The FEC 2002 Voting System Standard (VSS) is a single document comprised of two volumes containing sections covering all aspects of the voting system including security, usability and accessibility, software/firmware source code, functional and audit requirements, environments and reliability requirements for hardware as well as accuracy and integrity of all components. The VSS also covers all equipment and software used in the end-to-end election process including ballot layout, programming the tabulators and DREs, the tabulators and voting equipment themselves, and the accumulation and reporting of results. Volume I of the VSS encompasses the performance standards for all categories; Volume II defines testing requirements and methods to ensure that the election system meets the standards defined in Volume I.

Standards are living documents, constantly undergoing review and periodically updated to address new technology, refinement of test methods, and to clarify and refine requirements. However, until a new standard is approved by the EAC, the FEC 2002 standard will continue to be the criteria used by the ITAs for evaluation and certification of voting systems. This provides an opportunity for the IEEE P1583 Voting System Standard effort to be a major contribution to the ITA testing and certification process. Although the P1583 scope is limited to the equipment used by voters in polling places and in-person absentee sites, a standard developed under the IEEE open process would provide an immediate vehicle that could be adopted by the EAC for use by the ITA that performs Tabulator/DRE testing and certification.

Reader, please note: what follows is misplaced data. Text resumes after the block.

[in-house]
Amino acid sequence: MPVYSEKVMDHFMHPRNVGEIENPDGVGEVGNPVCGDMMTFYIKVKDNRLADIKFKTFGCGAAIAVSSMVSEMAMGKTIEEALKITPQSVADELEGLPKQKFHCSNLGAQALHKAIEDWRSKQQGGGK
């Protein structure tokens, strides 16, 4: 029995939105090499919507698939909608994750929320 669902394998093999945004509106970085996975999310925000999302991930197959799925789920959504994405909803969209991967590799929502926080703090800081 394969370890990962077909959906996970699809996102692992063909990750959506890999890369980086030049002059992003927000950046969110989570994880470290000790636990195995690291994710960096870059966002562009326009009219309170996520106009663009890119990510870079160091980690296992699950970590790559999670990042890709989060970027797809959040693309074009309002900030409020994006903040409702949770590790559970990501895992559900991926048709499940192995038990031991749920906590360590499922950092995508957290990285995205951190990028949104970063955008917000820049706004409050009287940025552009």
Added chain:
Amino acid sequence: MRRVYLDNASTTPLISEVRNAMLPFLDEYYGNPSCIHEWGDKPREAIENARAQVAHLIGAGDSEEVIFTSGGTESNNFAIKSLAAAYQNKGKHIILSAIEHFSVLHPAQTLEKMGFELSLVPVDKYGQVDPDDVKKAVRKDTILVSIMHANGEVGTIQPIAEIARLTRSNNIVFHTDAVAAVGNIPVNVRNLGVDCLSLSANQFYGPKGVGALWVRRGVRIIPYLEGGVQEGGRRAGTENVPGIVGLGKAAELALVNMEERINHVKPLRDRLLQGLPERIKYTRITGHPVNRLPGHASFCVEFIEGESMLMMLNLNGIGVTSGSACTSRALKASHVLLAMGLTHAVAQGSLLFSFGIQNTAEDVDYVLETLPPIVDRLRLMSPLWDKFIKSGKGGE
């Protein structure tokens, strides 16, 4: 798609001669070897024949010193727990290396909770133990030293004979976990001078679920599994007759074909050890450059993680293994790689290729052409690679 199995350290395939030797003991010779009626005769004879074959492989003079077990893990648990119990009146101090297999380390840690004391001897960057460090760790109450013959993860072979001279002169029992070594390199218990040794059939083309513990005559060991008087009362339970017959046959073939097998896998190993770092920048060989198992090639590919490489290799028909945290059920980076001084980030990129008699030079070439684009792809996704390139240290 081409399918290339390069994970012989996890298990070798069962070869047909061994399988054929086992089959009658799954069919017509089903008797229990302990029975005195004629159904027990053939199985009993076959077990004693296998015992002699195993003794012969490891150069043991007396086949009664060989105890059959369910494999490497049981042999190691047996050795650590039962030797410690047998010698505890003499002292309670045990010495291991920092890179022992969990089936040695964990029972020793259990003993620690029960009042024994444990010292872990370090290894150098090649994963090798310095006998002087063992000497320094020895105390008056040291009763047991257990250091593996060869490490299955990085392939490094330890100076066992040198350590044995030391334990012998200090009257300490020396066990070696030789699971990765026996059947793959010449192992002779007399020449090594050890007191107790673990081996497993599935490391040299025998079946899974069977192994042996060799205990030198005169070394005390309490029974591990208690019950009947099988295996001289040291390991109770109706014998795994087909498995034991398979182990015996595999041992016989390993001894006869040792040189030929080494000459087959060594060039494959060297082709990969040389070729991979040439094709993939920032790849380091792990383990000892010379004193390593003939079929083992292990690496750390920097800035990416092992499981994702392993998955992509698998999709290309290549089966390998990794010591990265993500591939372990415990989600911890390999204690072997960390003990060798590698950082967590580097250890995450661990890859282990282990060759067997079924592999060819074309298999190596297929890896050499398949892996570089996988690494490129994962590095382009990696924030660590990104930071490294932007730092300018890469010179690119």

The IEEE has been involved in the standards development and the certification process for several years. Stephen Berger, the chair of IEEE Standards Coordinating Committee 38 (SCC38), is the appointed, ex officio IEEE representative to the NASED technical committee. SCC38 is also the sponsor of the P1583 working group. When the IEEE P1583 Standard development was initiated in 2001, the committee was divided up into Task Groups (TGs) corresponding to the major technical sections to be addressed in the standard. These included Security and Confidentiality, Reliability and Accuracy, Usability and Accessibility, Environmental, Electromagnetic Compatibility, and Software. Each TG was to address both the recommended specifications for the topic as well as the testing aspect. A subject matter expert was appointed to be the TG leader of each group. Since its inception, meetings have been held approximately every three months to discuss issues as a committee of the whole as well as to hold TG committee meetings.